I’m married with Alice and father of Federica and Francesco. I love running, hiking, and skiing.
In 2014, together with a few friends, I founded Coderdojo Verona. The CoderDojo movement believes that an understanding of programming languages is increasingly important in the modern world, that it’s both better and easier to learn these skills early, and that nobody should be denied the opportunity to do so. To that end, the Coderdojo movement has built a global network of free, volunteer-led, community-based programming clubs for young people. Anyone aged seven to seventeen can visit a Dojo where they can learn to code, build a website, create an app or a game, and explore technology in an informal, creative, and social environment. The pictures below are a clear example of that!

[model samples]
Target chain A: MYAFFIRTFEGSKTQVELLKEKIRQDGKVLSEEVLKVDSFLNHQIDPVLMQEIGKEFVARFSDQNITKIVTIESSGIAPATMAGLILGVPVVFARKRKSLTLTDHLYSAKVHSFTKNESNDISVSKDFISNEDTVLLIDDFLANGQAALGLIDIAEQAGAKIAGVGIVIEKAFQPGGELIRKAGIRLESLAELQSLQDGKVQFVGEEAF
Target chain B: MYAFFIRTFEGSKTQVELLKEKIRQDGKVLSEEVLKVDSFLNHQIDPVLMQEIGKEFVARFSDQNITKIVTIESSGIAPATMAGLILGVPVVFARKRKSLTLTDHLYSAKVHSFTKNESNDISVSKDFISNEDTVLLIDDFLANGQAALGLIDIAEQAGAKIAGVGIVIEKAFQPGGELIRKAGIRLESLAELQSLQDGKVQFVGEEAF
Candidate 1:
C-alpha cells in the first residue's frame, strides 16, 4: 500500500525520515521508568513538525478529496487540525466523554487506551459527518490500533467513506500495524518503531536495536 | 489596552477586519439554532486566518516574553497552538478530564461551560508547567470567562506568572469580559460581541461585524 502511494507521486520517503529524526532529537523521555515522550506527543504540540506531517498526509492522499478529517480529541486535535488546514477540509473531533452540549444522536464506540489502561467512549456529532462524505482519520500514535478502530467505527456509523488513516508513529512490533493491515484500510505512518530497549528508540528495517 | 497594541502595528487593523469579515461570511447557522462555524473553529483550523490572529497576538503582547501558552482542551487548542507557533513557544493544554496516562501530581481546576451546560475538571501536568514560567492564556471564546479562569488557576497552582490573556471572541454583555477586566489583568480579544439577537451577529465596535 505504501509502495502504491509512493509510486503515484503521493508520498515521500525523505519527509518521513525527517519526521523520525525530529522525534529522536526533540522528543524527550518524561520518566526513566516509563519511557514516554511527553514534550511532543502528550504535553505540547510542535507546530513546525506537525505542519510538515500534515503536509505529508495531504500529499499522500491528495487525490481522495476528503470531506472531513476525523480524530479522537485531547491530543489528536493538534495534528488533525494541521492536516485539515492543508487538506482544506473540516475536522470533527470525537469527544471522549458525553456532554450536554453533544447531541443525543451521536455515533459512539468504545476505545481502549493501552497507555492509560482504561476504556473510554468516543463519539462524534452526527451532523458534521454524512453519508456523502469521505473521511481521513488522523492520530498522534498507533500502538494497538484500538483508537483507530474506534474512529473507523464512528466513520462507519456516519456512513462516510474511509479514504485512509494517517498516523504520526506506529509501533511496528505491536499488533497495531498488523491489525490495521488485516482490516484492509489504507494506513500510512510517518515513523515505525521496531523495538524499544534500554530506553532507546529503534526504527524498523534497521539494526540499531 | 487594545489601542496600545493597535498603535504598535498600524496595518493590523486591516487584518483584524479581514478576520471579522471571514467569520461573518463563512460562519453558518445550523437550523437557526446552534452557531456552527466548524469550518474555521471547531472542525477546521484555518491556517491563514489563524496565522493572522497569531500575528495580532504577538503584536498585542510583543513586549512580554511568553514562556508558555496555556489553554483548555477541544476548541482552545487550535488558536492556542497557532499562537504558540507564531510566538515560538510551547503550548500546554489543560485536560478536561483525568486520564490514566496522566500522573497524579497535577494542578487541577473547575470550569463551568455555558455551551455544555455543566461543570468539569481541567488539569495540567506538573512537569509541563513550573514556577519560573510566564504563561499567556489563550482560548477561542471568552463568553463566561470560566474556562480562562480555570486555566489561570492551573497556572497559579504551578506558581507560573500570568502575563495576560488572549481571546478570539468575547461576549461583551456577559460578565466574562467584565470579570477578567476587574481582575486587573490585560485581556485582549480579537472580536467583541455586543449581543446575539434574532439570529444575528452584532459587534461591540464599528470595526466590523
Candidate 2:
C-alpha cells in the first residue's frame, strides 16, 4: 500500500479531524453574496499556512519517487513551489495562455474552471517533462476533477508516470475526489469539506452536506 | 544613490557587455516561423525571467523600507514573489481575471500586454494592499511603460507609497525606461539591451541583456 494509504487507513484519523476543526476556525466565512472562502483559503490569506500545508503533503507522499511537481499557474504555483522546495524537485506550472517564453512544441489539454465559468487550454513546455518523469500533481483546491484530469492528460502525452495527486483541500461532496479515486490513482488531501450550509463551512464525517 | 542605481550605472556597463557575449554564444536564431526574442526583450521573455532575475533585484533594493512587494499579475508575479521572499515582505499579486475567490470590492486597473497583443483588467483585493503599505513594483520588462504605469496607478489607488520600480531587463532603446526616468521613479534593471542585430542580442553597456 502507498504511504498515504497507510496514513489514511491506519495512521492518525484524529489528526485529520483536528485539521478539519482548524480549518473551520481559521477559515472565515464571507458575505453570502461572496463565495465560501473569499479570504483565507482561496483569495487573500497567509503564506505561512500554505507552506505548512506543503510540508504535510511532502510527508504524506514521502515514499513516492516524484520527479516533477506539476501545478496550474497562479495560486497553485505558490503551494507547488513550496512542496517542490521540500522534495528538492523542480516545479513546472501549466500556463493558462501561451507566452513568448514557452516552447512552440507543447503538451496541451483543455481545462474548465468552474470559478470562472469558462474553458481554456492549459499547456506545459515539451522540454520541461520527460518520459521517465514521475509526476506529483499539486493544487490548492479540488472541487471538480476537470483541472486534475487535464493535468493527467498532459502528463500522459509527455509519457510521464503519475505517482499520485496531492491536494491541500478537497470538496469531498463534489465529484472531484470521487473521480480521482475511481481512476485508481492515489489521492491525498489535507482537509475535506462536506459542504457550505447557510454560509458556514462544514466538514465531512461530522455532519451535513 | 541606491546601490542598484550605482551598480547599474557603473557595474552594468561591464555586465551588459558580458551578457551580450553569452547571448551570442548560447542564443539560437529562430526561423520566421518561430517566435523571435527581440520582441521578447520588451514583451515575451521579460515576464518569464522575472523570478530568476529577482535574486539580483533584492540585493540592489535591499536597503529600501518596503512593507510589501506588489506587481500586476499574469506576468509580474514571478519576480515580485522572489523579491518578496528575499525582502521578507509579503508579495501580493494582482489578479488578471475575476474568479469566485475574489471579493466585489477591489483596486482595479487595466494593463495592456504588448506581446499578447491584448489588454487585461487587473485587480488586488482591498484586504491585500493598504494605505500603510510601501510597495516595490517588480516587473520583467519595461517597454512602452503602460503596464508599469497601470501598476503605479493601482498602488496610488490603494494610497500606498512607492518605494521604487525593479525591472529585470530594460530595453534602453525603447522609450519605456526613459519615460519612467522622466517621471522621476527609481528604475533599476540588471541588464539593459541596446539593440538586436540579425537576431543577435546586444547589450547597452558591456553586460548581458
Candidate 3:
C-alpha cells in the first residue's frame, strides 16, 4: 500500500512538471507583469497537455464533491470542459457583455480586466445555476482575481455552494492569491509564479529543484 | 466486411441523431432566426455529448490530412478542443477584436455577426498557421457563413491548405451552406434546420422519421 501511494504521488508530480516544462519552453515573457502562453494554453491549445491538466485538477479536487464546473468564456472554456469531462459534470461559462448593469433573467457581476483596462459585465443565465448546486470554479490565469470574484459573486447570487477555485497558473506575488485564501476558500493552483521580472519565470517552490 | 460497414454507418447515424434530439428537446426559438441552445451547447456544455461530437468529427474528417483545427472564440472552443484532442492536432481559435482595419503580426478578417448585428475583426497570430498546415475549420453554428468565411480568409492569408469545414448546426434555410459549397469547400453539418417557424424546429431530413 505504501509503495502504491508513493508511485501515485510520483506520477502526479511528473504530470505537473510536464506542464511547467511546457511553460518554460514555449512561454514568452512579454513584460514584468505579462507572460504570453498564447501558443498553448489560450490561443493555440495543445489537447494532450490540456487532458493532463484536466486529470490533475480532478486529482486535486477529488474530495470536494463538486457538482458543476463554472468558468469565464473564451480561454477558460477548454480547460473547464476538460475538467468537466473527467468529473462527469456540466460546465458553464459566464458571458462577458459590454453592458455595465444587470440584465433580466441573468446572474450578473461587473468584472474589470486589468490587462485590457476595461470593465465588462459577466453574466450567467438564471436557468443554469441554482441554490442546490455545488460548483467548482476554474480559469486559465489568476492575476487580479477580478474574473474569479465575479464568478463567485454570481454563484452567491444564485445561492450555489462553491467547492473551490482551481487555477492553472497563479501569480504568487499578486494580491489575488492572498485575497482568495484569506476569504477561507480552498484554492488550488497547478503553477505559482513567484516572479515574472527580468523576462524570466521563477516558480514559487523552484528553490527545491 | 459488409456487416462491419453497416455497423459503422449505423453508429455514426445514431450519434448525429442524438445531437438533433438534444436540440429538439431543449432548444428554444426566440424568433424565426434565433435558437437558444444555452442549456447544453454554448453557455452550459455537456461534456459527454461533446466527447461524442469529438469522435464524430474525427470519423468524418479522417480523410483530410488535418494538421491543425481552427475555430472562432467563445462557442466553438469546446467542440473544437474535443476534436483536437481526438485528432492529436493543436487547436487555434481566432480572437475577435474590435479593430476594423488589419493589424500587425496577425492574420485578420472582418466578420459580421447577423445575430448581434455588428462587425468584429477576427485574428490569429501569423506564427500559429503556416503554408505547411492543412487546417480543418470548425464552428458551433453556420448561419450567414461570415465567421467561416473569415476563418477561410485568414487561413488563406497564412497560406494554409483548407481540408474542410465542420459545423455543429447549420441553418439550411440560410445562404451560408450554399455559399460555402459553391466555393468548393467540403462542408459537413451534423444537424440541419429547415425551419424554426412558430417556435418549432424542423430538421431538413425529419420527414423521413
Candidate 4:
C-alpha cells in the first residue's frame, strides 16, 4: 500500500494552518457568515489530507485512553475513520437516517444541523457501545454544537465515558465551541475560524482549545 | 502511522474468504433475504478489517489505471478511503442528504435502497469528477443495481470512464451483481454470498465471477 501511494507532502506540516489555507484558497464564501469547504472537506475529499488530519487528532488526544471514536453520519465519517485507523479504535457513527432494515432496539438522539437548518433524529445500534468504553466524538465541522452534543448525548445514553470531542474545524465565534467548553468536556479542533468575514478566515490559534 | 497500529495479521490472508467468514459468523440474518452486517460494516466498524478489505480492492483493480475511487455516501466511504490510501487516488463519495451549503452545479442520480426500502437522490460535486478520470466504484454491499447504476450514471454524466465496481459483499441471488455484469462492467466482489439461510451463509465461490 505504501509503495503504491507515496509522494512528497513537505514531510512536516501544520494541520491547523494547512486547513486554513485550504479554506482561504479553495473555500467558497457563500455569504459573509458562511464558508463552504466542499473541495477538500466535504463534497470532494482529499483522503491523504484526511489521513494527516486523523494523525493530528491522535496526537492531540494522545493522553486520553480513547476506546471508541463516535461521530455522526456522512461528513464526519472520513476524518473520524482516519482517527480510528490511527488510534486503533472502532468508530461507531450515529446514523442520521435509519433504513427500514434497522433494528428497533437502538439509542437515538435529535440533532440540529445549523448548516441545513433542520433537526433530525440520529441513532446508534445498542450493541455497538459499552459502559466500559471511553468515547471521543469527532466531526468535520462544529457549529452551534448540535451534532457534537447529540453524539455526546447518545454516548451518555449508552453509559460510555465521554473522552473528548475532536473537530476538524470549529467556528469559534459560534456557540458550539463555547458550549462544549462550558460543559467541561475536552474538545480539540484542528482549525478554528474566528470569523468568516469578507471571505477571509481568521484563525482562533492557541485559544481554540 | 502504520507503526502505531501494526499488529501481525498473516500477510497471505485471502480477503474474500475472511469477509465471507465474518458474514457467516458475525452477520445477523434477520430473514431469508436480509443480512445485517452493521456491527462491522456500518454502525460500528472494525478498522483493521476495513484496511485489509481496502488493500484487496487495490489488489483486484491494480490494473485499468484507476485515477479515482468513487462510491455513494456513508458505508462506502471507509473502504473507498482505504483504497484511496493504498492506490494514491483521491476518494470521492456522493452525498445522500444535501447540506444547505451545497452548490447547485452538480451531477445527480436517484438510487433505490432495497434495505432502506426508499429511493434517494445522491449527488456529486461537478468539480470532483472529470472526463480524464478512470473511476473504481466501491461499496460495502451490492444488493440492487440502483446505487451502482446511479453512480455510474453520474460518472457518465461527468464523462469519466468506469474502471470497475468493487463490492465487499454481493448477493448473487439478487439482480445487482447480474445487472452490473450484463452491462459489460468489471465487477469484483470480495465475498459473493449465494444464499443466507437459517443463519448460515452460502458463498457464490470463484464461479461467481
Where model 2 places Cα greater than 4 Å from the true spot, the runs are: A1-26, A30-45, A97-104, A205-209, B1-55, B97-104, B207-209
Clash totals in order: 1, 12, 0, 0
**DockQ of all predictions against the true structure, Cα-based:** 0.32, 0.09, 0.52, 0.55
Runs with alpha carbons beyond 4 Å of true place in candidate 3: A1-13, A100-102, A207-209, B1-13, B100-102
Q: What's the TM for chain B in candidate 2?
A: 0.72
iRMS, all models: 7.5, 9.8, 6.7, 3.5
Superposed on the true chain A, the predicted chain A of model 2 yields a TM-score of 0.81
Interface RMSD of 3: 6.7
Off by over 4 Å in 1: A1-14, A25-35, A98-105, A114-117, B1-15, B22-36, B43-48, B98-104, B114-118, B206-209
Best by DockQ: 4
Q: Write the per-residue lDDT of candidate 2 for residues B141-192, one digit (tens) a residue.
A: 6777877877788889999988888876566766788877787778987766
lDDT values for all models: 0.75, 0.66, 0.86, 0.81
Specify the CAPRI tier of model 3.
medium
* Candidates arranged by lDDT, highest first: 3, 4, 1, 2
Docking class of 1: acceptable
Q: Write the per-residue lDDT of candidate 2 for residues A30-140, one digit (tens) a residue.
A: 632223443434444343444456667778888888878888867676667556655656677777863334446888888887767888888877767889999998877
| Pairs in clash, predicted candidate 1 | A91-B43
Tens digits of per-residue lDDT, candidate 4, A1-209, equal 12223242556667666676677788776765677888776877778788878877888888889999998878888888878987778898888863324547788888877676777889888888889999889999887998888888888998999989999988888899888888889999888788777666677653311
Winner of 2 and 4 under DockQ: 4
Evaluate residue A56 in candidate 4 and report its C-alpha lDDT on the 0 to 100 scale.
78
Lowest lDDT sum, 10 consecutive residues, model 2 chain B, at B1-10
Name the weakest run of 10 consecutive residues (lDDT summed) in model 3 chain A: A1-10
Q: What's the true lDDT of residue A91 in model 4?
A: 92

Coderdojo is also an opportunity to travel! Below on the left, you can se my daughter Federica in the Alcide de Gasperi room at the European Parliament in Brussels, trying to explain the fundamentals of programming to Eva Paunova, bulgarian MP (2015). On the right, you can see her presenting her project at the Coolest Projects Awards in Dublin (2016). Still below, Federica with Camilla presenting their Twisteys platform in Taibon Agordino (a tiny tiny village in the province of Belluno) and in Milan, for the Coolest Project Awards Milano.
She was not the only kid of Coderdojo Verona in all these events, but these pictures are clearly my favorite.
My involvement with the Coderdojo movement started after I visited Coderdojo Trento. I occasionally cooperate with them, mostly by acting as their liaison with the University of Trento.
Coderdojo Verona and Coderdojo Trento cooperate with several associations whose goal is to promote the digital culture. To this end, I’m a co-founder of Villaggio Digitale and CoderDolomiti; but we also cooperate with Verona Fablab.